This study was designed to determine the relationship between the head position and the subsequent ease of nasotracheal intubation by TL.

Methods

This study was approved by the Institutional Review Board at the Fukuoka Dental College (Fukuoka Dental college, 2-15-1 Tamura, Sawara-Ku, Fukuoka, Japan, approved April 4, 2005, Approval number: 66), and written informed consent was obtained from each patient.

This study included patients (ASA 1 or 2) scheduled to undergo elective oral and maxillofacial surgery under general anesthesia that required nasotracheal intubation and the patients who had past history of the upper airway surgery and BMI>30 kg/m2 were excluded from the study. They were randomly assigned to three equal-sized groups (n=100) according to their head position for lightwand nasotracheal intubation: Group S intubated in the sniffing position; Group E intubated in the extension position; Group N intubated in the neutral position. The sniffing position was obtained by placement of a 9-cm cushion under the head of the patient [6]. The extension position was obtained by bending the head part of the bed at an angle of 30 degrees posteriorly and the neutral position was obtained by just lying on the flat bed without cushion (Figure 1). They underwent a preoperative airway assessment that included a Mallampati score [7,8] and mouth opening with the mouth fully opened (the interincisor gap was measured in millimeters) by an attending anesthesiologist. Demographics such as age, gender, weight, and height were also recorded.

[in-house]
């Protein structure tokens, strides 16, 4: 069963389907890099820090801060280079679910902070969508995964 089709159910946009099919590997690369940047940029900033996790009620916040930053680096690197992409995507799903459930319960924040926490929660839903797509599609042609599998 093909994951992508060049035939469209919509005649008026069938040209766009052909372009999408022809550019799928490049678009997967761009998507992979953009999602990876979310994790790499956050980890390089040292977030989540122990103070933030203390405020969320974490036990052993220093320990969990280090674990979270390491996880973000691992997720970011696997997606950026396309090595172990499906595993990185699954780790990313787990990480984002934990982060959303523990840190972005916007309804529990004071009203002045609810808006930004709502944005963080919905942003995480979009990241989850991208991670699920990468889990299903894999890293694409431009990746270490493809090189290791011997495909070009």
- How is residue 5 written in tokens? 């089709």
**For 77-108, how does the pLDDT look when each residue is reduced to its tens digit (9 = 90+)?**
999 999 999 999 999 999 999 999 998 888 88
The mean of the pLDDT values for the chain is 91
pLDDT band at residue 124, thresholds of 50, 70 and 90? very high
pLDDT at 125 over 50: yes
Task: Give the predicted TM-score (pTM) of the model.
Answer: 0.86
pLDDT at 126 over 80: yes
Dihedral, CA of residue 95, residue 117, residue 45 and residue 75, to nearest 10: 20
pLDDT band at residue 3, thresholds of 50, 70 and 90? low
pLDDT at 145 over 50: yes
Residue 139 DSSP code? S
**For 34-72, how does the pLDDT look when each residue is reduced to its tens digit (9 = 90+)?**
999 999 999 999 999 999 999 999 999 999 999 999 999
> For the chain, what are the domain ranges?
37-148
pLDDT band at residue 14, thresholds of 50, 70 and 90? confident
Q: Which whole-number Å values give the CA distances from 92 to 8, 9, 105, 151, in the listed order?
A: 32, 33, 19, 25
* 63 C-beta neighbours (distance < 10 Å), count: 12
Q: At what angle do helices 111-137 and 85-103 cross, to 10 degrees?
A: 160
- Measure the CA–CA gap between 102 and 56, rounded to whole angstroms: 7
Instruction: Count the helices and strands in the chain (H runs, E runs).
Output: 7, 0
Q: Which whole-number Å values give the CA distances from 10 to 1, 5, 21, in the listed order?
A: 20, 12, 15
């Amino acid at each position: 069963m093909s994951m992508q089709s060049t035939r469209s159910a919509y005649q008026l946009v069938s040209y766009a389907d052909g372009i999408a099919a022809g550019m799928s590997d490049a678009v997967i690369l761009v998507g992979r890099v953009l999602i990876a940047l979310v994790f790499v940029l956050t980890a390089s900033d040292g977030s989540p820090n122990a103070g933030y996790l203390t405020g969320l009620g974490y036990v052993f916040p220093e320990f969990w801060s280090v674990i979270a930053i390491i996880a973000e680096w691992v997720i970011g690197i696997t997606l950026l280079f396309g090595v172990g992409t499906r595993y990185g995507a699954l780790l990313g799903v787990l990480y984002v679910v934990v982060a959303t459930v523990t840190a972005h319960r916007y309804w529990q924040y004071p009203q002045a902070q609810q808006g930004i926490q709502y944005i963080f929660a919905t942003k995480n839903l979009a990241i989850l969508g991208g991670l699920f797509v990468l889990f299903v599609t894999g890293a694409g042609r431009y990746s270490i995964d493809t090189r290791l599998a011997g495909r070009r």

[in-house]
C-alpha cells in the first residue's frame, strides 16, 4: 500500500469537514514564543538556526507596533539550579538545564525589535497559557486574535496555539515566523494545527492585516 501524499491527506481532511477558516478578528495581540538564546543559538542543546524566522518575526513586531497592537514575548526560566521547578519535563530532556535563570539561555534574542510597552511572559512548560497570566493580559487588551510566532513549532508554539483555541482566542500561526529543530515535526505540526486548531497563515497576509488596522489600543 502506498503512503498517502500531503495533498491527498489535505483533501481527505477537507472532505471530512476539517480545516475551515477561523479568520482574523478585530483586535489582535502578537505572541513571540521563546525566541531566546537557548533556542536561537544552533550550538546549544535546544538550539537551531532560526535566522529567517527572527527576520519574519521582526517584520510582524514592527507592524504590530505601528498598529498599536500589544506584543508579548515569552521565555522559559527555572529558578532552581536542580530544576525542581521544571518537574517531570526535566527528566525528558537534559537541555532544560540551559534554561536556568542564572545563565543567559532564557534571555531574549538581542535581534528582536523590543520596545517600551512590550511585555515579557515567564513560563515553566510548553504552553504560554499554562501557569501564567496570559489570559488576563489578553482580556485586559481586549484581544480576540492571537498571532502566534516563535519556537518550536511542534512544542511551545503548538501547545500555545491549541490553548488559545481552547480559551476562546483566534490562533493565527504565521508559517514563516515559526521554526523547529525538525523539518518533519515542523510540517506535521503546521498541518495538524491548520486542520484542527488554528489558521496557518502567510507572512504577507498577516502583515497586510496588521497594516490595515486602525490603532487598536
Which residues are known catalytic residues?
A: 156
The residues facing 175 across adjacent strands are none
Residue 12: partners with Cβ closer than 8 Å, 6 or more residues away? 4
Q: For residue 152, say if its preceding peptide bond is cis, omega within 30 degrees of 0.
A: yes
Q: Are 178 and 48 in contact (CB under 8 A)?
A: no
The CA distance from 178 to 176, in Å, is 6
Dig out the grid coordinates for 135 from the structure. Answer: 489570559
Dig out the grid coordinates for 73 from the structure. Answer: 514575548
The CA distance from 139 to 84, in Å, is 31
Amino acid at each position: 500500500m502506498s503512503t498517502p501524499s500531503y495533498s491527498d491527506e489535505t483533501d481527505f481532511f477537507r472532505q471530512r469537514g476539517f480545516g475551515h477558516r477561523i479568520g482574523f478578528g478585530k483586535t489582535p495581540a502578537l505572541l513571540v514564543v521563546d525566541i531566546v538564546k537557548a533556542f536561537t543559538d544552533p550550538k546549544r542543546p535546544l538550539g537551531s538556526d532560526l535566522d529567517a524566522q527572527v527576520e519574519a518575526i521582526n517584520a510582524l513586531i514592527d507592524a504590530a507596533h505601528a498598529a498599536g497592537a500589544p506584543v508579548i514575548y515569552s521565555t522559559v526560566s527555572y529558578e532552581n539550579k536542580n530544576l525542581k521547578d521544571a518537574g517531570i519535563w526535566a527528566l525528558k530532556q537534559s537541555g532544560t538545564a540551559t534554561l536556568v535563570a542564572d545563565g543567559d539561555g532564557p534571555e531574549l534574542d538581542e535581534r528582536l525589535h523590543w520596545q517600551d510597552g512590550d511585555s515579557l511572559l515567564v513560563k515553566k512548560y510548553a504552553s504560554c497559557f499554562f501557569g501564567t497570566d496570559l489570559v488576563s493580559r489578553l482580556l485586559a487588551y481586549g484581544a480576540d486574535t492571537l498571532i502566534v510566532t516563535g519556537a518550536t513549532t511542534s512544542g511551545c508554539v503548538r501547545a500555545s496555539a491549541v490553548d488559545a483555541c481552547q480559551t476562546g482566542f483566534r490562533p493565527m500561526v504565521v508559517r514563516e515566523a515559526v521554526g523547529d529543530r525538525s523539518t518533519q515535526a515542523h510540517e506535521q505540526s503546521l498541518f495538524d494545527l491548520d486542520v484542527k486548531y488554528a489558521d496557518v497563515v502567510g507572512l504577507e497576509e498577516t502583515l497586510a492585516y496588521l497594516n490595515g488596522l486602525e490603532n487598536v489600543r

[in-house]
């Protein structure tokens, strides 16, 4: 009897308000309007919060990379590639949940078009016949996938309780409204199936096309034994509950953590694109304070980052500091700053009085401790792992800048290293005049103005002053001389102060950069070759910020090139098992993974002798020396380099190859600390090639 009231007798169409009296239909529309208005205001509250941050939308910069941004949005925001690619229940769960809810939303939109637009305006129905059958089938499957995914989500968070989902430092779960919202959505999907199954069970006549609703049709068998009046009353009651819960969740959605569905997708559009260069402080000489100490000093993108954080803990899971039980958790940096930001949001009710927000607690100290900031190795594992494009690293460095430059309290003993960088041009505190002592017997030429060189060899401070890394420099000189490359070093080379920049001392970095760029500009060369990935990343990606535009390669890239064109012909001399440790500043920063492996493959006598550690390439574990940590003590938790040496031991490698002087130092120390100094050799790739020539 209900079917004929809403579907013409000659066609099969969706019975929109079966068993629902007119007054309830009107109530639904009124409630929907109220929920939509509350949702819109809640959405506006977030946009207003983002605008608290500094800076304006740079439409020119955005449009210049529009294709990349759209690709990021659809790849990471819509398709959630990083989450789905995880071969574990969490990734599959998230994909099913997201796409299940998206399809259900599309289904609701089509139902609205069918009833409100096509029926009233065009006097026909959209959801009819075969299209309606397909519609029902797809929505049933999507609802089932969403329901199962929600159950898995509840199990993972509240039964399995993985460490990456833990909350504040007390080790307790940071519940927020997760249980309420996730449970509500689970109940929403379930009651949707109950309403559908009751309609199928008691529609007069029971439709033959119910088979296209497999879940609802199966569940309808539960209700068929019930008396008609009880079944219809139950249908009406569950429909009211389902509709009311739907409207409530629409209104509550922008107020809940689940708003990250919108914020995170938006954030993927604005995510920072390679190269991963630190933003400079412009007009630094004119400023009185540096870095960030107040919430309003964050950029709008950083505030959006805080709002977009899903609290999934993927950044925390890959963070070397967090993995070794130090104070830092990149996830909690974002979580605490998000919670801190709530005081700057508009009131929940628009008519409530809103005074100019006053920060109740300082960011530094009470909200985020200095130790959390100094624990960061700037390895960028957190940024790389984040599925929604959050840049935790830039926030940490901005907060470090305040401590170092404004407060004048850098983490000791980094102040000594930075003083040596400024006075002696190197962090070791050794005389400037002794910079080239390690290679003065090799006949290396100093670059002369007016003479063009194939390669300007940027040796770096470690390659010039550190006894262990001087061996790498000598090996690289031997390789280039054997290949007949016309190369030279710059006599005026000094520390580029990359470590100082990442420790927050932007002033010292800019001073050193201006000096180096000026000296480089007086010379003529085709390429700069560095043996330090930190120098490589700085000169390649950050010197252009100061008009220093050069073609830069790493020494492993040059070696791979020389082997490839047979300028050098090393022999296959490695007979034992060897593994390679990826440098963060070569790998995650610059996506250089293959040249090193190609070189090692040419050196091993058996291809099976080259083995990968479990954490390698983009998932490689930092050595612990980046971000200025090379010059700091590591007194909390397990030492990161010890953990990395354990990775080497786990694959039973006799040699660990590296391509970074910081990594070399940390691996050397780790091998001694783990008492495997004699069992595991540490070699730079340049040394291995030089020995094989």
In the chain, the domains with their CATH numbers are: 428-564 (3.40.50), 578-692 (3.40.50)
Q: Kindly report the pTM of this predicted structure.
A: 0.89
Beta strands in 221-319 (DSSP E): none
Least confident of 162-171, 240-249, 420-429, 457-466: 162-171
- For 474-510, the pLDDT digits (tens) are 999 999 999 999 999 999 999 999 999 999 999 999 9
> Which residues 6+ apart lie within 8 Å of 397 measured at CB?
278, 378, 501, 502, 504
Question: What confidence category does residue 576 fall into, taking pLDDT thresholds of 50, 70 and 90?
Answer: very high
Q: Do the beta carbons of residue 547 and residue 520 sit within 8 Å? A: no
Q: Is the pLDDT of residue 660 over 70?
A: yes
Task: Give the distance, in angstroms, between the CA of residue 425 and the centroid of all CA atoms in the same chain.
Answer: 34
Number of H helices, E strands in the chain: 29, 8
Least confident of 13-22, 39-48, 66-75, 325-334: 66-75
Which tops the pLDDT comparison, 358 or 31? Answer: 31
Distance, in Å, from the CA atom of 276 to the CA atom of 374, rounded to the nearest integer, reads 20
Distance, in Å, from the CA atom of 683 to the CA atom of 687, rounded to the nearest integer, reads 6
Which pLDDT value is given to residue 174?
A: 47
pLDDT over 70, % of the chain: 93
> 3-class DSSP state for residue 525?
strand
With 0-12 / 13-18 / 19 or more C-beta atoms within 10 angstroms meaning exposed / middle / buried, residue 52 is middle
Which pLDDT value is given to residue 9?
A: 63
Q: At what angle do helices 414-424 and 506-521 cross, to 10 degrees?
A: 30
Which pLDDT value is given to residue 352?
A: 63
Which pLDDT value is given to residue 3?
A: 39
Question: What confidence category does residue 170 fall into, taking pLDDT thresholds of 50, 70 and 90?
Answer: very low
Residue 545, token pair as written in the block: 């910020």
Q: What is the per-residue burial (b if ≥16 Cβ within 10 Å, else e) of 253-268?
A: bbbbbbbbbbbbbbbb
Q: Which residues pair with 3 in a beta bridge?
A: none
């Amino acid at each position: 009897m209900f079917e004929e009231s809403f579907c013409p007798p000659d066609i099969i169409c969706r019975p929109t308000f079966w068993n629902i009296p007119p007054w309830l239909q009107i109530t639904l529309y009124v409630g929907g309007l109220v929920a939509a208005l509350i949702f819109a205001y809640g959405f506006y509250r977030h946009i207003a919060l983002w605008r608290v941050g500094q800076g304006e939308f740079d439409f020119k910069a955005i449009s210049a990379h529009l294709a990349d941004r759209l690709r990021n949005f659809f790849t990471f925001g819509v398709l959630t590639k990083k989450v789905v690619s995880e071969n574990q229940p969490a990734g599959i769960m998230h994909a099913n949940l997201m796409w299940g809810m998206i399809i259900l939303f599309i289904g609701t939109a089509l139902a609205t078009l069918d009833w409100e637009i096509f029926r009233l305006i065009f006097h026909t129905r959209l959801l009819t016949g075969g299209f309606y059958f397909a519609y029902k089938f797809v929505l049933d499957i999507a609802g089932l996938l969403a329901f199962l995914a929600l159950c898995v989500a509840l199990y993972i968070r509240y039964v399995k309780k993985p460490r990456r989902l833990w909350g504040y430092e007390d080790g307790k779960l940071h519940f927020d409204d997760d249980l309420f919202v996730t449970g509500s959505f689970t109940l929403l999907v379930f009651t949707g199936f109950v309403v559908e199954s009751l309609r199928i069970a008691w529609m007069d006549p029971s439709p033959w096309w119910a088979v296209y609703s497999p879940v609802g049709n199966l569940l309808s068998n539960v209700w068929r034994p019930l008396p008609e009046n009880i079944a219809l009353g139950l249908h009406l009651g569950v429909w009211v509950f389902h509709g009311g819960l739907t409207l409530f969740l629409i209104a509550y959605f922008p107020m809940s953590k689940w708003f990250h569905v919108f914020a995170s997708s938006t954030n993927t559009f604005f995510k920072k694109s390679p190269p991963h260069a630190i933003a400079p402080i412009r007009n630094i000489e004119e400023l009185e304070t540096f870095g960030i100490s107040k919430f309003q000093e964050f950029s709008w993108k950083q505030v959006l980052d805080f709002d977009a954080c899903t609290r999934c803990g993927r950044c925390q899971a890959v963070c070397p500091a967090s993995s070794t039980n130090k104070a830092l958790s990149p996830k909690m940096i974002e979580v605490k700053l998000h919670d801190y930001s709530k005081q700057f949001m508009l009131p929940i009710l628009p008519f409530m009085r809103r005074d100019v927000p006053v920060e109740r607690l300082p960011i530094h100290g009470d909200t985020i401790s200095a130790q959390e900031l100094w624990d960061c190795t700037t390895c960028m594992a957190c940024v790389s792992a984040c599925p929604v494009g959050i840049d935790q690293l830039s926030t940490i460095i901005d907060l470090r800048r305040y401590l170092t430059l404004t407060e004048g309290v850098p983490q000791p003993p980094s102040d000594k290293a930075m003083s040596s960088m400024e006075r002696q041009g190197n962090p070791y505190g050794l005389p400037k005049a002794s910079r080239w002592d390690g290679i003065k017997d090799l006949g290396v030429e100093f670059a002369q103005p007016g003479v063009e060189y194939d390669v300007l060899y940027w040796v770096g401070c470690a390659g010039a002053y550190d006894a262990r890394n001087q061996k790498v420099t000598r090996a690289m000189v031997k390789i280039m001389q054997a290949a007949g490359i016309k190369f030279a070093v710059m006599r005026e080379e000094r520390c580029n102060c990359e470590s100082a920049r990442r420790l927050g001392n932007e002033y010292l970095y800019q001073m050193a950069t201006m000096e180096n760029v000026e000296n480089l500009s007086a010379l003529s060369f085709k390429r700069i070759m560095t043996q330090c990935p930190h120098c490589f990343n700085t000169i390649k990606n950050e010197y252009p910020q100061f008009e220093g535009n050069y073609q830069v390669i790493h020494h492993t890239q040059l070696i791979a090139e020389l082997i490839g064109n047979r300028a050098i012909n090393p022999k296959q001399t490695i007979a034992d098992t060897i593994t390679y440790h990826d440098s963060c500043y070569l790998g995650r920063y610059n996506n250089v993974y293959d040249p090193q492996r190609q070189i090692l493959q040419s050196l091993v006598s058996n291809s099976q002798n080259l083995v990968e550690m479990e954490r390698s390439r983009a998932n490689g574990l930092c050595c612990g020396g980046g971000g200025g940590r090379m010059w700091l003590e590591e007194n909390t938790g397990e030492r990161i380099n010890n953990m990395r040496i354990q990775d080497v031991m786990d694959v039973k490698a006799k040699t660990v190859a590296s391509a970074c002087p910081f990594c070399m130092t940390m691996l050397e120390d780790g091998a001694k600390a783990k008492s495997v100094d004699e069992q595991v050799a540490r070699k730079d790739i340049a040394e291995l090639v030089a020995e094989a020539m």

interdisciplinary-medicine-dental-science-Head-position-intubation

Figure 1: Head position in intubation. The patients were randomly subdivided into three groups according to their head position in intubation.